During the day today, The Beatles attended a press screening of the soon-to-be-released Yellow Submarine movie. Or at least Paul, George, and Ringo did; John apparently had other things to do, so the three of them dutifully posed with a cardboard cutout. Probably the first time in weeks that they’d seen him without Yoko.

There was also a recording session, starting at 5 P.M. And if you are sick and tired of hearing about “Ob-La-Di, Ob-La-Da,” as I am of writing about it, imagine the chagrin of the other Beatles and the studio staff upon hearing that Paul was dissatisfied with what they’d recorded the previous week. On Friday everyone had gone home assuming “Ob-La-Di” was over and done with; now Paul was saying he wanted to start over from scratch. The prospect was simply too much for one Beatle to deal with, says Geoff Emerick:

John went ballistic. Ranting and raving, he headed out the door, with Yoko trailing closely behind, and we thought that we’d seen the last of him that evening.

This is one of many moments in the second half of 1968 when The Beatles could have easily just split up, thus depriving us of the White Album, Abbey Road, and Let It Be. But Emerick continues:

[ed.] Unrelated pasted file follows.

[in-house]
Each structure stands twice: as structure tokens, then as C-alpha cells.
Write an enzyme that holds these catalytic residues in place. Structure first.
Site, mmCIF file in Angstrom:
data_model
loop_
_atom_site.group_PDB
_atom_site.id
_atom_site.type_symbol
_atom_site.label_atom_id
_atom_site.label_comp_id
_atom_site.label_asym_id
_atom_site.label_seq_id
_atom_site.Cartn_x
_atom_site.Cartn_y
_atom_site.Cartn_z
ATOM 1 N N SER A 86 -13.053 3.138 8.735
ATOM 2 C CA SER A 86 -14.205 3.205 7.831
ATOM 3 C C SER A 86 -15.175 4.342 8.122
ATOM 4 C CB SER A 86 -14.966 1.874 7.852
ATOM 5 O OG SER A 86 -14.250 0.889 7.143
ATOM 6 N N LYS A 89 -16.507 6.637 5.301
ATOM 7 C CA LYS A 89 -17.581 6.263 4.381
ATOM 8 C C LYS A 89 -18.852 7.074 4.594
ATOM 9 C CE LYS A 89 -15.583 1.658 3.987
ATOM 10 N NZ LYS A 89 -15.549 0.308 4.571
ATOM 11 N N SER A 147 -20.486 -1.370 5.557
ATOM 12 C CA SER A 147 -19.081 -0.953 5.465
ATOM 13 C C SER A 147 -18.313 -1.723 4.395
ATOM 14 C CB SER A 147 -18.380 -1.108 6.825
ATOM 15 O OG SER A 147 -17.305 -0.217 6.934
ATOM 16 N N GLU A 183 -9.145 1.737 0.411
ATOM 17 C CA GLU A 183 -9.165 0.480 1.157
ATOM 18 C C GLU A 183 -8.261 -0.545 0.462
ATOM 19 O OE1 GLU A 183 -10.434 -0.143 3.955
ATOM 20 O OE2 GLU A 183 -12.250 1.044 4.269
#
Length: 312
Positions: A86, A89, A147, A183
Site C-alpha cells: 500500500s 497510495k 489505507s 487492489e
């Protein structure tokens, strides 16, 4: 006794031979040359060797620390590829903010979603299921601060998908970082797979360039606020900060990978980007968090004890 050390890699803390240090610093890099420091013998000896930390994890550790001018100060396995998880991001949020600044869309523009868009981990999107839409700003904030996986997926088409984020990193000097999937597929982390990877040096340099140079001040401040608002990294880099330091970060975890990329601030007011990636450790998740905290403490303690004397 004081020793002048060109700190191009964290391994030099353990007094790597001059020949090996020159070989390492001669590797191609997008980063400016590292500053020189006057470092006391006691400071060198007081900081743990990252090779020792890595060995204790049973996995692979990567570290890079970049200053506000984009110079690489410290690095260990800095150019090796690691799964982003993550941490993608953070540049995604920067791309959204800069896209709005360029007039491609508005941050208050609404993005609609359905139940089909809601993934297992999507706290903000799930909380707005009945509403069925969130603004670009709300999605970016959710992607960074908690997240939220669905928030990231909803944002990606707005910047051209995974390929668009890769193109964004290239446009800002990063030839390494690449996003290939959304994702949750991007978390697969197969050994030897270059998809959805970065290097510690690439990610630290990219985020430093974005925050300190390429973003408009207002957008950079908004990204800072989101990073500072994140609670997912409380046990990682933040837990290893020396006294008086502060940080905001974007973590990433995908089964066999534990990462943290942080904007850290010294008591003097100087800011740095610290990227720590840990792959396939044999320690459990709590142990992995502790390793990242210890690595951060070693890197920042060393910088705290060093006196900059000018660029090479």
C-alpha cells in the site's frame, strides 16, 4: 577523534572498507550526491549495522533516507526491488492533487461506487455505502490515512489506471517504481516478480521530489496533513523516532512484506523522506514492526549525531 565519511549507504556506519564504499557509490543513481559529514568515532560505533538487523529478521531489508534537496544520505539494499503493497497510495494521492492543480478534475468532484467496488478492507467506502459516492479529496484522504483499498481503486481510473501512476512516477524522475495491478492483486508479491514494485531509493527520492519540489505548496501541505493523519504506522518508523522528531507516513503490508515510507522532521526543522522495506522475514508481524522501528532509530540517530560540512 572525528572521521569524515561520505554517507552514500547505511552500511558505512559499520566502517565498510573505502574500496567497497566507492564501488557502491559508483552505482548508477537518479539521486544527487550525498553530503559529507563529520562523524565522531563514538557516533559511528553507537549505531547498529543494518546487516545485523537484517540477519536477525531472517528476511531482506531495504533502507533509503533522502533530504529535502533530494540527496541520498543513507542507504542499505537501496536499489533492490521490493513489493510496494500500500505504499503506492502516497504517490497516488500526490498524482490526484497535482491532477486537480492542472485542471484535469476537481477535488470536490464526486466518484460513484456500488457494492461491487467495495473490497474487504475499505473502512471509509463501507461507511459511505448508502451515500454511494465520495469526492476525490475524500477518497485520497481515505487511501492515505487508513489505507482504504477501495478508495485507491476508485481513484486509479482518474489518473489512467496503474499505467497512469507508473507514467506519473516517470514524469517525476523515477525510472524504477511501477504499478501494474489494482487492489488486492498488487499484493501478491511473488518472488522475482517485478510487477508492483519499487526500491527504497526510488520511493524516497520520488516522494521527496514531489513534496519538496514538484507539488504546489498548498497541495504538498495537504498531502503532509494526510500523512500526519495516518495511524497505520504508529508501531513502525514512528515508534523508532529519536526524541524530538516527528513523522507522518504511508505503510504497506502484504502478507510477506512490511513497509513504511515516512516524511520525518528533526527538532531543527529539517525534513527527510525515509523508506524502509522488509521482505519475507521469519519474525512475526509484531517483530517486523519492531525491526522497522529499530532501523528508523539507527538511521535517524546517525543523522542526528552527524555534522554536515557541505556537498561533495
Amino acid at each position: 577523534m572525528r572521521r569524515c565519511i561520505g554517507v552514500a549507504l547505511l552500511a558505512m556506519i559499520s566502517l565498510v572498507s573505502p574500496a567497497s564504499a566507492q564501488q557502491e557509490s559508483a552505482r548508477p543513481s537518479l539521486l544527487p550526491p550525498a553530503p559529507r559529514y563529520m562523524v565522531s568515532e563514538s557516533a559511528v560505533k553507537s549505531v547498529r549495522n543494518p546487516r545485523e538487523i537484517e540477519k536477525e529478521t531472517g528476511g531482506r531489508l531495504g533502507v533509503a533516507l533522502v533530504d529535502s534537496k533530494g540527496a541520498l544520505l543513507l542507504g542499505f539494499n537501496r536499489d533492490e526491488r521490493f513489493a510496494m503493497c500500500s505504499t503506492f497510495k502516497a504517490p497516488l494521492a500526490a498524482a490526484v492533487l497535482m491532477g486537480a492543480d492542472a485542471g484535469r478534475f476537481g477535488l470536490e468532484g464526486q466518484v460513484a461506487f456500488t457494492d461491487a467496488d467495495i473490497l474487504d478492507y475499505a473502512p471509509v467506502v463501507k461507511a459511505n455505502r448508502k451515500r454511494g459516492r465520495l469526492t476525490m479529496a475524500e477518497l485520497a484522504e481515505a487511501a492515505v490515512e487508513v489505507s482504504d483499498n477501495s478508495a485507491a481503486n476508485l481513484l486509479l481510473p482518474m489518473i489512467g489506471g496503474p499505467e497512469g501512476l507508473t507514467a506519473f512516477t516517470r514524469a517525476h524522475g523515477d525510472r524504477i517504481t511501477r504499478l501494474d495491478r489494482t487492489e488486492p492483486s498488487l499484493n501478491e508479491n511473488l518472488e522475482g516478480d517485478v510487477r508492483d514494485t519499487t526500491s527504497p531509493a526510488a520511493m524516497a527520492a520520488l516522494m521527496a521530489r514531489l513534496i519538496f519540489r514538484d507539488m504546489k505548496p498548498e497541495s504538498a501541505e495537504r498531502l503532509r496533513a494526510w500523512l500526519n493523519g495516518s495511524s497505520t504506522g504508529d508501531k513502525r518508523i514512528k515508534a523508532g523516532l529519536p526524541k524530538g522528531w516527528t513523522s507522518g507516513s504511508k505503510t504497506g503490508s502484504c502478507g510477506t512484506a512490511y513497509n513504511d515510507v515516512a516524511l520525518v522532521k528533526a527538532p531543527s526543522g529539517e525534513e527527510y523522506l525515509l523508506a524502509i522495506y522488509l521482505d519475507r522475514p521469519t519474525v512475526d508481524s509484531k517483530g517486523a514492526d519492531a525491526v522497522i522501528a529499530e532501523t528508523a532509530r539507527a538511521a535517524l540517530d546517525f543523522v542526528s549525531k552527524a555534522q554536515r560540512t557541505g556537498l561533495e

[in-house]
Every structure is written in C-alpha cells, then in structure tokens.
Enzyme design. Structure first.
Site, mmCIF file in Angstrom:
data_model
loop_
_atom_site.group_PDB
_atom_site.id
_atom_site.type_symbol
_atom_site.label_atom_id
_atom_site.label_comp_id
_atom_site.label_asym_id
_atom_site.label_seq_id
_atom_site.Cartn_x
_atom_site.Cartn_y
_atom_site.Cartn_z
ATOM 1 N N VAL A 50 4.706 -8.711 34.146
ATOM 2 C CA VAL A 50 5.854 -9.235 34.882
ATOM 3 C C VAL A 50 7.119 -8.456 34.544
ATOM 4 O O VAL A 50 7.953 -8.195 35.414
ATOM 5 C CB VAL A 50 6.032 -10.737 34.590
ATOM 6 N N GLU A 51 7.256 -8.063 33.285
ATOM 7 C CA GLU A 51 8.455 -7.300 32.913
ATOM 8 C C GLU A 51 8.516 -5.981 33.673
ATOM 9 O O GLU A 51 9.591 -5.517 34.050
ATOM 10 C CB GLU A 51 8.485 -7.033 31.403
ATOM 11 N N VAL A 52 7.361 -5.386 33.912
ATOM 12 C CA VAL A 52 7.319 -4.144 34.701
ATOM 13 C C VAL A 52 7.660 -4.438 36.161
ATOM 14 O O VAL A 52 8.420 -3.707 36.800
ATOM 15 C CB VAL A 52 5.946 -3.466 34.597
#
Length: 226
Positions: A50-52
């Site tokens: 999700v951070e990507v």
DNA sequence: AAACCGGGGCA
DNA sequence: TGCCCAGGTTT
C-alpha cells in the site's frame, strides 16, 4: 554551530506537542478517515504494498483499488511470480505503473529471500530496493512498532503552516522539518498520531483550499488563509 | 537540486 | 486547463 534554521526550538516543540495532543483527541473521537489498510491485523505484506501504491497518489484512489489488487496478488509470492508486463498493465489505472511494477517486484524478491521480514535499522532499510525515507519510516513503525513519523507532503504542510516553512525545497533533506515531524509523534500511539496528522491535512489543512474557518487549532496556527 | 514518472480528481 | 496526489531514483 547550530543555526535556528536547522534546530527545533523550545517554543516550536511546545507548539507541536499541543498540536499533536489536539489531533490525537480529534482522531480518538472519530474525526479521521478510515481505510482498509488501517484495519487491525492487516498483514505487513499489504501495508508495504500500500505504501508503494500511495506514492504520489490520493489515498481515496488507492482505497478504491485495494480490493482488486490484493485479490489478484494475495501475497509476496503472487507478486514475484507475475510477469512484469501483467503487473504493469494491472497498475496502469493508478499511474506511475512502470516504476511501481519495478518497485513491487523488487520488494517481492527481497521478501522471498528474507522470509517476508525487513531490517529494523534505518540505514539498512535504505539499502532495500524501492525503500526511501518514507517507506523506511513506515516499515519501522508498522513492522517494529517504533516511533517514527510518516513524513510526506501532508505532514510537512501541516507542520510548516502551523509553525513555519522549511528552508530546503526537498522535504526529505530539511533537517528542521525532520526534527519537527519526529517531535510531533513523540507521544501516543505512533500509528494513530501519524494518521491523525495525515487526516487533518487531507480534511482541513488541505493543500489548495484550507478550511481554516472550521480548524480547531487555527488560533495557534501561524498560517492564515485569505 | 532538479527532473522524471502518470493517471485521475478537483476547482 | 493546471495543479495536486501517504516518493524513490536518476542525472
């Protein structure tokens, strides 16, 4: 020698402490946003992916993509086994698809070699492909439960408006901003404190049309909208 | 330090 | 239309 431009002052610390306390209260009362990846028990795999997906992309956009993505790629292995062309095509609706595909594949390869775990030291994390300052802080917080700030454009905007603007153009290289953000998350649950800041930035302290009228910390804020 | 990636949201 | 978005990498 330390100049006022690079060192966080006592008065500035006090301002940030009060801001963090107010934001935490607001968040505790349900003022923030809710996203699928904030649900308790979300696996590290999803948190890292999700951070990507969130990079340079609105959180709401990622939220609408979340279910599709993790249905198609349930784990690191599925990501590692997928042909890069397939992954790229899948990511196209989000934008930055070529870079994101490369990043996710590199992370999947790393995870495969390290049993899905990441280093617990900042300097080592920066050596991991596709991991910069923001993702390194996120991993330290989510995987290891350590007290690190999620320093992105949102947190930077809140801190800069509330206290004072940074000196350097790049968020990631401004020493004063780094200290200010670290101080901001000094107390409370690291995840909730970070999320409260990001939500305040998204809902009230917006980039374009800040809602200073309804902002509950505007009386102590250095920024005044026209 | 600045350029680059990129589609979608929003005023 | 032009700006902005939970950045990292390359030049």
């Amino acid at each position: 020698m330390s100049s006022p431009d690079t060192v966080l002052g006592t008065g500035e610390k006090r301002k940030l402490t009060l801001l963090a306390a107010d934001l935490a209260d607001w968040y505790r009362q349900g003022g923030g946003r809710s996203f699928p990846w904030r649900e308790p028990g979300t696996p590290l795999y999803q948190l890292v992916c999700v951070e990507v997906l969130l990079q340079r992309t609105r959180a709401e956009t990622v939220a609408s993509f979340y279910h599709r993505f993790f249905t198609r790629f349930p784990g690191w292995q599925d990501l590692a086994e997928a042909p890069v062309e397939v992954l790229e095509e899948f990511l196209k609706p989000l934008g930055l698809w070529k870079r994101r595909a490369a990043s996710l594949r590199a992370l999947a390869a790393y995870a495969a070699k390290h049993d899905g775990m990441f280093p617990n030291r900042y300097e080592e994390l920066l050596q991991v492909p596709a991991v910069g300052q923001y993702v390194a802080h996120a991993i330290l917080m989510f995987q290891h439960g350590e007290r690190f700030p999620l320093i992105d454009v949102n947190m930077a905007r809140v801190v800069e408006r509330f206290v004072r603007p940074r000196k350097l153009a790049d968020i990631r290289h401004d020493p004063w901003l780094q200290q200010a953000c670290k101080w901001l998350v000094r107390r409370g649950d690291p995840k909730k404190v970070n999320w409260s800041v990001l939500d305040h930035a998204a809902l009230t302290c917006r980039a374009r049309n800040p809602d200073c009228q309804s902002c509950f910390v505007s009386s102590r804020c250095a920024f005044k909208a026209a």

A few hours later he stormed back into the studio, clearly in a highly altered state of mind.

“I AM FUCKING STONED!!” John Lennon bellowed from the top of the stairs. He had chosen to make his entrance through the upstairs door, presumably so he could quickly gain the attention of the three startled Beatles below. Swaying slightly, he continued, waving his arms for emphasis.

“I am more stoned than you have ever been. I fact, I am more stoned than you will ever be!”

…“And this,” Lennon added with a snarl, “is how the fucking song should go.”

Unsteadily, he lurched down the stairs and over to the piano and began smashing the keys with all his might, pounding out the famous opening chords that became the song’s introduction, played at a breakneck tempo. A very upset Paul got right in Lennon’s face. For a moment I thought fists would fly.

“Okay, then, John,” he said in short, clipped words, staring his deranged bandmate straight in the eye. “Let’s do it your way.”

Riding the momentum of John’s energy, The Beatles recorded 12 takes of the more upbeat version. (I don’t know if I’d call it a “breakneck tempo,” exactly, but I guess it sounded that way compared to the previous versions). A reduction mix was labeled take 13. And now we’re done, right?

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